Chapter 20. Improving performance

20.1. Fetching strategies

Hibernate uses a fetching strategy to retrieve associated objects if the application needs to navigate the association. Fetch strategies can be declared in the O/R mapping metadata, or over-ridden by a particular HQL or Criteria query.
Hibernate3 defines the following fetching strategies:
  • Join fetching: Hibernate retrieves the associated instance or collection in the same SELECT, using an OUTER JOIN.
  • Select fetching: a second SELECT is used to retrieve the associated entity or collection. Unless you explicitly disable lazy fetching by specifying lazy="false", this second select will only be executed when you access the association.
  • Subselect fetching: a second SELECT is used to retrieve the associated collections for all entities retrieved in a previous query or fetch. Unless you explicitly disable lazy fetching by specifying lazy="false", this second select will only be executed when you access the association.
  • Batch fetching: an optimization strategy for select fetching. Hibernate retrieves a batch of entity instances or collections in a single SELECT by specifying a list of primary or foreign keys.
Hibernate also distinguishes between:
  • Immediate fetching: an association, collection or attribute is fetched immediately when the owner is loaded.
  • Lazy collection fetching: a collection is fetched when the application invokes an operation upon that collection. This is the default for collections.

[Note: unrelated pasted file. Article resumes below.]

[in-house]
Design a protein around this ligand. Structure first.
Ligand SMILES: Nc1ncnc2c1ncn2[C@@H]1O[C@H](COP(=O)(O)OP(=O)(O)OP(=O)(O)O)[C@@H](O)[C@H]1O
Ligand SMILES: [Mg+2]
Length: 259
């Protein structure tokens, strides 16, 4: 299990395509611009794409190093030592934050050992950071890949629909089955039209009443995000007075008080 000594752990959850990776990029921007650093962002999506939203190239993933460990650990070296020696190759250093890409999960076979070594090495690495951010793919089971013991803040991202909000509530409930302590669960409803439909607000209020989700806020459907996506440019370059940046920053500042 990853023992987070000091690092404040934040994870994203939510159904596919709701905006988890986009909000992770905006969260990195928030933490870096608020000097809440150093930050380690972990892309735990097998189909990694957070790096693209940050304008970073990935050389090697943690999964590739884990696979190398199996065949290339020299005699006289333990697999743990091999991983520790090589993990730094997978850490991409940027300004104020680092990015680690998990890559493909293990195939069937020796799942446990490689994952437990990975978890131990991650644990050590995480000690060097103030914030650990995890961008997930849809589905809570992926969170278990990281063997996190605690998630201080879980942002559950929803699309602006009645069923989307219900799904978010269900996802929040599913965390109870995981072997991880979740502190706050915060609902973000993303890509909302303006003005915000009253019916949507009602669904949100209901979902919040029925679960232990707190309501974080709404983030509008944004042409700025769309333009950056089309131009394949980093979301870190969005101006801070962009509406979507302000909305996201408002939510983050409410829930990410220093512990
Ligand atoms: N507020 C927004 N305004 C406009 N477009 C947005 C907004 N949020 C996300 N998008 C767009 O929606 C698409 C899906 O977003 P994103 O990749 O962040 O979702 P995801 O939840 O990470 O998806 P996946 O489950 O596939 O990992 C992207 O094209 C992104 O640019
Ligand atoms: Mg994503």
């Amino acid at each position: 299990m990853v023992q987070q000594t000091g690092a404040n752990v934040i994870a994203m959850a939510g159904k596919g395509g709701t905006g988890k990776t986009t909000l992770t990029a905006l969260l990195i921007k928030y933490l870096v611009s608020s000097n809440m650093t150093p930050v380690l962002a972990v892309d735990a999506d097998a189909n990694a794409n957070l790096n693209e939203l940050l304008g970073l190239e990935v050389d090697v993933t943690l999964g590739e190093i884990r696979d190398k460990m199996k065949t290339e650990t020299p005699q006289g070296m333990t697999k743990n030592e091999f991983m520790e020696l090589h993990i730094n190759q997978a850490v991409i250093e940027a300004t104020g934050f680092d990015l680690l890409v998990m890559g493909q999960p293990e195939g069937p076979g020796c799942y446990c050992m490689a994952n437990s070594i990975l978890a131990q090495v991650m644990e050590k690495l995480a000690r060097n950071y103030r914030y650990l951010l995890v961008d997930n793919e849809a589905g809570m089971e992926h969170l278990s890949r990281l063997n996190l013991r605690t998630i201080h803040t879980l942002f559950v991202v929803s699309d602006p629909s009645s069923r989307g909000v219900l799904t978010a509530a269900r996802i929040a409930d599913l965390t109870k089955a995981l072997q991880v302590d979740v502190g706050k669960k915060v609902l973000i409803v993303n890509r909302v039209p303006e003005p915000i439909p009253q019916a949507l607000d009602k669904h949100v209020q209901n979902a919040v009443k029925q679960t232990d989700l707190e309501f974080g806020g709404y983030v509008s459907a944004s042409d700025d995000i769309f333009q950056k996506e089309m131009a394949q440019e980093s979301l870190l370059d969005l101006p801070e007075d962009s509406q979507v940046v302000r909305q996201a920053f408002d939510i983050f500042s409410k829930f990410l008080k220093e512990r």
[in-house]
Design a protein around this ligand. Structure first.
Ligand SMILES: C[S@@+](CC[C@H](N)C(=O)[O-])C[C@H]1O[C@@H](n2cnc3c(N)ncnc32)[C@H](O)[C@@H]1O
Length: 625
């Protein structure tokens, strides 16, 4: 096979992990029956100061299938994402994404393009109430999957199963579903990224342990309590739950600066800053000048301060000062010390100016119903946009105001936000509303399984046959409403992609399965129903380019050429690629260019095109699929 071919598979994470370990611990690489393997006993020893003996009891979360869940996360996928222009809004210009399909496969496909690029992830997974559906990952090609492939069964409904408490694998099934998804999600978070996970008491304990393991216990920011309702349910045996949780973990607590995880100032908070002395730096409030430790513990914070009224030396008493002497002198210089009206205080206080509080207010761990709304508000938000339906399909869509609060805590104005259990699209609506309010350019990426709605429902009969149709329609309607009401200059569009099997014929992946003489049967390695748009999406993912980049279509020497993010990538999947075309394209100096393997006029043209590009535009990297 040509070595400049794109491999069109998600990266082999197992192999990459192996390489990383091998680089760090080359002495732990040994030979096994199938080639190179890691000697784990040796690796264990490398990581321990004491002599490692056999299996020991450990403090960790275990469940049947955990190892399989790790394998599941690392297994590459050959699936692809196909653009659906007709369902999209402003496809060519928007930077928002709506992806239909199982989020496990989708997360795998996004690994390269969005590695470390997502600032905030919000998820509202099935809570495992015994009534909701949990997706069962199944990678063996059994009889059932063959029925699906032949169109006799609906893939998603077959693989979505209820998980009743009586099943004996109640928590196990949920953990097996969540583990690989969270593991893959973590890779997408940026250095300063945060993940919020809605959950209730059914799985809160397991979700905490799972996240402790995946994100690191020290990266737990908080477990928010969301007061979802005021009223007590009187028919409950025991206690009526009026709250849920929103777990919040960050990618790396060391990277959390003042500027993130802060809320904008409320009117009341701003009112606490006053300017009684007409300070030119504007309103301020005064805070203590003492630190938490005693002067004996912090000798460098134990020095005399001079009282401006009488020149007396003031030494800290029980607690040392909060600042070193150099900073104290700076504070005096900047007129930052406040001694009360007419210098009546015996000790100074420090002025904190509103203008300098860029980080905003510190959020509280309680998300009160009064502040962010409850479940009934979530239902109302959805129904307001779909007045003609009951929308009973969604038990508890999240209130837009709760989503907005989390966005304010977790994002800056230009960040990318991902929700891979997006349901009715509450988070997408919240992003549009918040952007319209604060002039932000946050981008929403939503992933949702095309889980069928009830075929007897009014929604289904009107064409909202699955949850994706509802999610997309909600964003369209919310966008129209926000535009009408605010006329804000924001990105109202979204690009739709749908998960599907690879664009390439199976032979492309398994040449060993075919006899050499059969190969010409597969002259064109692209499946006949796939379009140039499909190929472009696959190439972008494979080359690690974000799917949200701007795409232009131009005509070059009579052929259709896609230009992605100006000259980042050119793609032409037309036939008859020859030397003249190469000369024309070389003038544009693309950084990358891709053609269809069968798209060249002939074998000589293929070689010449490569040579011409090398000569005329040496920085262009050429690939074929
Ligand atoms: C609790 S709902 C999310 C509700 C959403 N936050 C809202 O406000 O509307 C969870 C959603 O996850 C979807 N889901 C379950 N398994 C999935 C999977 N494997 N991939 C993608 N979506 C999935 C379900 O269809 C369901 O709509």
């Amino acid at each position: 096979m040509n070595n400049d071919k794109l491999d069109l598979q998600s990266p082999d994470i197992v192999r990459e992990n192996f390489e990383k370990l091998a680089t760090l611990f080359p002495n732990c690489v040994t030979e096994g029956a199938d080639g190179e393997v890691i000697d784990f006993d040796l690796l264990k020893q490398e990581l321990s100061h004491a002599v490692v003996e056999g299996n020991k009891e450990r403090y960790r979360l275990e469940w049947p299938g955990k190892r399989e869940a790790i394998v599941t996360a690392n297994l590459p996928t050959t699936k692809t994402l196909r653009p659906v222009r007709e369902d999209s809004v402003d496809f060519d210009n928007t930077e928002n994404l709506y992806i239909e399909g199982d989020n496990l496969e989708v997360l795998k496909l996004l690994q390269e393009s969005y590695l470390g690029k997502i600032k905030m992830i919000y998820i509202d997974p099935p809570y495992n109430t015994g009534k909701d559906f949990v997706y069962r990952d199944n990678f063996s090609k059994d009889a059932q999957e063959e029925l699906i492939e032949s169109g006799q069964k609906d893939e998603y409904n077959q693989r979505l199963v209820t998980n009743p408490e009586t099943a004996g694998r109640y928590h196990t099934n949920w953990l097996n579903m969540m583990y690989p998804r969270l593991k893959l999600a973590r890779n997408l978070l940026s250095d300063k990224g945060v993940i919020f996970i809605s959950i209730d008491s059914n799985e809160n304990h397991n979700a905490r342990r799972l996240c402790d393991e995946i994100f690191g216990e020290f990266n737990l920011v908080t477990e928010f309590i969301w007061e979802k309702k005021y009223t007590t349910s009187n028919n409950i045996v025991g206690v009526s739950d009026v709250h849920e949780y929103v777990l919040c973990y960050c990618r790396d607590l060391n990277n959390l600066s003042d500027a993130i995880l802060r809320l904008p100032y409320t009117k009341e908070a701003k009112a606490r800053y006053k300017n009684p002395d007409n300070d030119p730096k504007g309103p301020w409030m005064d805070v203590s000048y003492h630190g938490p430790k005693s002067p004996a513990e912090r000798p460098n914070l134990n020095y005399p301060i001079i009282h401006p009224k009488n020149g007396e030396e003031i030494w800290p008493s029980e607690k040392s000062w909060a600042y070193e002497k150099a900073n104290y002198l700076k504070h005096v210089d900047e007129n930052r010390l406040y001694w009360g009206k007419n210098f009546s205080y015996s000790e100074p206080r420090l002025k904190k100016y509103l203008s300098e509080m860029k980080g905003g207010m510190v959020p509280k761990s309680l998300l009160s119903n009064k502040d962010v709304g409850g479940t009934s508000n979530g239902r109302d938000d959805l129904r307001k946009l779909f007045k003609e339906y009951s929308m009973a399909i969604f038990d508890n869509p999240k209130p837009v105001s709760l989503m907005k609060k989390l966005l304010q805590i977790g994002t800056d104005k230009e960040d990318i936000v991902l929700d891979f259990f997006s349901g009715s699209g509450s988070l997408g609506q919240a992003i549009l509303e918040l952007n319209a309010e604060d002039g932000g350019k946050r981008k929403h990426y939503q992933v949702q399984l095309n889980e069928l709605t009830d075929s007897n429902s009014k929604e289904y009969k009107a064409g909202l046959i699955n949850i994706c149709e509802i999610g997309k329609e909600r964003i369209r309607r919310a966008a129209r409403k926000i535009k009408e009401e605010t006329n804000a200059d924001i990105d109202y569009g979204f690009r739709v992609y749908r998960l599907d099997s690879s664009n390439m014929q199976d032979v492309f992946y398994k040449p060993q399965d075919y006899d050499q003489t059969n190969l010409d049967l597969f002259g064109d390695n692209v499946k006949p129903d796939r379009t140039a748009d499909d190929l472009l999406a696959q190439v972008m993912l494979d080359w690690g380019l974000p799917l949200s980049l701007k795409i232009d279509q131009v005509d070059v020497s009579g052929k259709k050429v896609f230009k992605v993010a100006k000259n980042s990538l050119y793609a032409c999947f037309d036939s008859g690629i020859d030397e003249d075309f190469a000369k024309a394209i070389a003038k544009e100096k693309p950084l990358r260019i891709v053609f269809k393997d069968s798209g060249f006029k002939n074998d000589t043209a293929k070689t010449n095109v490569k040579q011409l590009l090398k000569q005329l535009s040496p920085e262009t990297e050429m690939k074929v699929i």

• "Extra-lazy" collection fetching: individual elements of the collection are accessed from the database as needed. Hibernate tries not to fetch the whole collection into memory unless absolutely needed. It is suitable for large collections.
  • Proxy fetching: a single-valued association is fetched when a method other than the identifier getter is invoked upon the associated object.
  • "No-proxy" fetching: a single-valued association is fetched when the instance variable is accessed. Compared to proxy fetching, this approach is less lazy; the association is fetched even when only the identifier is accessed. It is also more transparent, since no proxy is visible to the application. This approach requires buildtime bytecode instrumentation and is rarely necessary.
  • Lazy attribute fetching: an attribute or single valued association is fetched when the instance variable is accessed. This approach requires buildtime bytecode instrumentation and is rarely necessary.
We have two orthogonal notions here: when is the association fetched and how is it fetched. It is important that you do not confuse them. We use fetch to tune performance. We can use lazy to define a contract for what data is always available in any detached instance of a particular class.

20.1.1. Working with lazy associations

By default, Hibernate3 uses lazy select fetching for collections and lazy proxy fetching for single-valued associations. These defaults make sense for most associations in the majority of applications.
If you set hibernate.default_batch_fetch_size, Hibernate will use the batch fetch optimization for lazy fetching. This optimization can also be enabled at a more granular level.
Please be aware that access to a lazy association outside of the context of an open Hibernate session will result in an exception. For example:
s = sessions.openSession();
Transaction tx = s.beginTransaction();
            
User u = (User) s.createQuery("from User u where u.name=:userName")
    .setString("userName", userName).uniqueResult();